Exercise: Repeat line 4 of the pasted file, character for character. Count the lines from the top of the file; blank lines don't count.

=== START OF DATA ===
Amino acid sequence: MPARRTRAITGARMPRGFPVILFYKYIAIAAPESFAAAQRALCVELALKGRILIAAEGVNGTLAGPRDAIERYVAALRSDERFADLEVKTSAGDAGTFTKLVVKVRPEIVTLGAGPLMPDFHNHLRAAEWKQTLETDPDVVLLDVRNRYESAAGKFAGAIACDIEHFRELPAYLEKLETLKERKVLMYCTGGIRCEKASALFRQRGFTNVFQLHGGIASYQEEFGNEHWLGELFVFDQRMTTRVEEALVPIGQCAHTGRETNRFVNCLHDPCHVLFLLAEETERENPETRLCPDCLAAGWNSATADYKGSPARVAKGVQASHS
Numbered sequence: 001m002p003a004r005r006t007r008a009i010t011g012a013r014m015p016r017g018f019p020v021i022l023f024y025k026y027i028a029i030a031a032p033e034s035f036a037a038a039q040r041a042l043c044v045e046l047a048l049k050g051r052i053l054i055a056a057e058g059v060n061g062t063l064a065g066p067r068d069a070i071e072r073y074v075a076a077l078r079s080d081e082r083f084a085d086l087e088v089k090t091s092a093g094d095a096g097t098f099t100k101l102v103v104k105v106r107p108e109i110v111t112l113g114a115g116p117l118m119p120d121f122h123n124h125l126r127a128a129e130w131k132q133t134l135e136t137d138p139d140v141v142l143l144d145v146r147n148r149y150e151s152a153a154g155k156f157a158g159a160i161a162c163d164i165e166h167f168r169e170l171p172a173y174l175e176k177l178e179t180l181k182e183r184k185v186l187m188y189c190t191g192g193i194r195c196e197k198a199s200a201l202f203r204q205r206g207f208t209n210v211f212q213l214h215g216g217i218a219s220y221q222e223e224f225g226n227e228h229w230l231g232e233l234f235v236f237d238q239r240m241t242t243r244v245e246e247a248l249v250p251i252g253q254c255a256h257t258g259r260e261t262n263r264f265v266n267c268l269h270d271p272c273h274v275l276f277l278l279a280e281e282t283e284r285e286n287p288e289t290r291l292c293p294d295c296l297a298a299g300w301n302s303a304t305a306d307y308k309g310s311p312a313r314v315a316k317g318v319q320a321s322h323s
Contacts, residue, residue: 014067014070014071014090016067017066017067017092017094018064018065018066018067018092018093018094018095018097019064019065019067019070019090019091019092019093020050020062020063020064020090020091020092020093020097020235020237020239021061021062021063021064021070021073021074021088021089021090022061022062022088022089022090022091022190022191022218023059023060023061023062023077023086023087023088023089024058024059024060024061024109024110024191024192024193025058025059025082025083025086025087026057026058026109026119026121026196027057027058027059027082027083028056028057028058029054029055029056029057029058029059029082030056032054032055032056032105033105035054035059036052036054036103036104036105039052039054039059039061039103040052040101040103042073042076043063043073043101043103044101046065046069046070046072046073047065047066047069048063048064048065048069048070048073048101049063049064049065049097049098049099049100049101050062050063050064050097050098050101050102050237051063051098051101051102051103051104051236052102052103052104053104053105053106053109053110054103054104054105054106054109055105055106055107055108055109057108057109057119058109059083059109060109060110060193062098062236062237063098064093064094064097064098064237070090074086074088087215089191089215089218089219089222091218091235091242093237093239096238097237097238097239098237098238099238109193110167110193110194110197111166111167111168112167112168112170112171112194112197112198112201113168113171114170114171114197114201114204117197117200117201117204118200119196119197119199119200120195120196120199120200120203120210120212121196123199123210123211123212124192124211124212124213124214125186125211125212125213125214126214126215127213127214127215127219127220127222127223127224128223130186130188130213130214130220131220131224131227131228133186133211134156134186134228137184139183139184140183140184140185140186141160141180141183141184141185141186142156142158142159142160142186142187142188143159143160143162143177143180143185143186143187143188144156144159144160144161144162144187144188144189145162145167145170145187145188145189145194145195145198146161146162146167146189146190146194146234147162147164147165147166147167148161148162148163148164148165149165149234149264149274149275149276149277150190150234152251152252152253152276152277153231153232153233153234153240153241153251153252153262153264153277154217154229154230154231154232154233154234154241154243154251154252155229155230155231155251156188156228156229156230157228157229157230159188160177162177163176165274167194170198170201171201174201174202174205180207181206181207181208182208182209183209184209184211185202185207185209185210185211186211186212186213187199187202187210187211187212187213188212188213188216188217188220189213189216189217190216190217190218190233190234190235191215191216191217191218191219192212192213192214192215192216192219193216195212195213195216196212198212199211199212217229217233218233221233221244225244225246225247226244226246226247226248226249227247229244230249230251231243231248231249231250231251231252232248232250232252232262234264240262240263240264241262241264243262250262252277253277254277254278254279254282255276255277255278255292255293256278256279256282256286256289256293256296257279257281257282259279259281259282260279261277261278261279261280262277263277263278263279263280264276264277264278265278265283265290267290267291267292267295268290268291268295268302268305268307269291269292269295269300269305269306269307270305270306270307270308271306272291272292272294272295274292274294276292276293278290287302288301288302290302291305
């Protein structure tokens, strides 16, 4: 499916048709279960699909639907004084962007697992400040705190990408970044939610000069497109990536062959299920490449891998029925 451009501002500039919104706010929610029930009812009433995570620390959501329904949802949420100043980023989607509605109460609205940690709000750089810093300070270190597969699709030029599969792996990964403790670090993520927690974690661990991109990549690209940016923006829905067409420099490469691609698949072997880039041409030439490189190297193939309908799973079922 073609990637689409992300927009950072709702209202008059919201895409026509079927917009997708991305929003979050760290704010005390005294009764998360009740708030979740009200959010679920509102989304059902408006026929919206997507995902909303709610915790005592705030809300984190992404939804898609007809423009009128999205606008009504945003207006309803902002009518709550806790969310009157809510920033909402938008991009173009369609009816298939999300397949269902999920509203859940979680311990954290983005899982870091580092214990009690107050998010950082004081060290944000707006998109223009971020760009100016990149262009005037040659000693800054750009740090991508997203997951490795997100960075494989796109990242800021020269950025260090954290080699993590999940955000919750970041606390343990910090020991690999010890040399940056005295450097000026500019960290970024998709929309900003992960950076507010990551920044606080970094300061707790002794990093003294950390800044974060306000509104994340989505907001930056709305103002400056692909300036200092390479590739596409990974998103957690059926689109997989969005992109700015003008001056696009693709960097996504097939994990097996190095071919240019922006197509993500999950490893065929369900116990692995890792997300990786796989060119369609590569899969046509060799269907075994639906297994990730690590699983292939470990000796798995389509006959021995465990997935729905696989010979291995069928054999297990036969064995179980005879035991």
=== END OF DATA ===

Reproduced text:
């Protein structure tokens, strides 16, 4: 499916048709279960699909639907004084962007697992400040705190990408970044939610000069497109990536062959299920490449891998029925 451009501002500039919104706010929610029930009812009433995570620390959501329904949802949420100043980023989607509605109460609205940690709000750089810093300070270190597969699709030029599969792996990964403790670090993520927690974690661990991109990549690209940016923006829905067409420099490469691609698949072997880039041409030439490189190297193939309908799973079922 073609990637689409992300927009950072709702209202008059919201895409026509079927917009997708991305929003979050760290704010005390005294009764998360009740708030979740009200959010679920509102989304059902408006026929919206997507995902909303709610915790005592705030809300984190992404939804898609007809423009009128999205606008009504945003207006309803902002009518709550806790969310009157809510920033909402938008991009173009369609009816298939999300397949269902999920509203859940979680311990954290983005899982870091580092214990009690107050998010950082004081060290944000707006998109223009971020760009100016990149262009005037040659000693800054750009740090991508997203997951490795997100960075494989796109990242800021020269950025260090954290080699993590999940955000919750970041606390343990910090020991690999010890040399940056005295450097000026500019960290970024998709929309900003992960950076507010990551920044606080970094300061707790002794990093003294950390800044974060306000509104994340989505907001930056709305103002400056692909300036200092390479590739596409990974998103957690059926689109997989969005992109700015003008001056696009693709960097996504097939994990097996190095071919240019922006197509993500999950490893065929369900116990692995890792997300990786796989060119369609590569899969046509060799269907075994639906297994990730690590699983292939470990000796798995389509006959021995465990997935729905696989010979291995069928054999297990036969064995179980005879035991």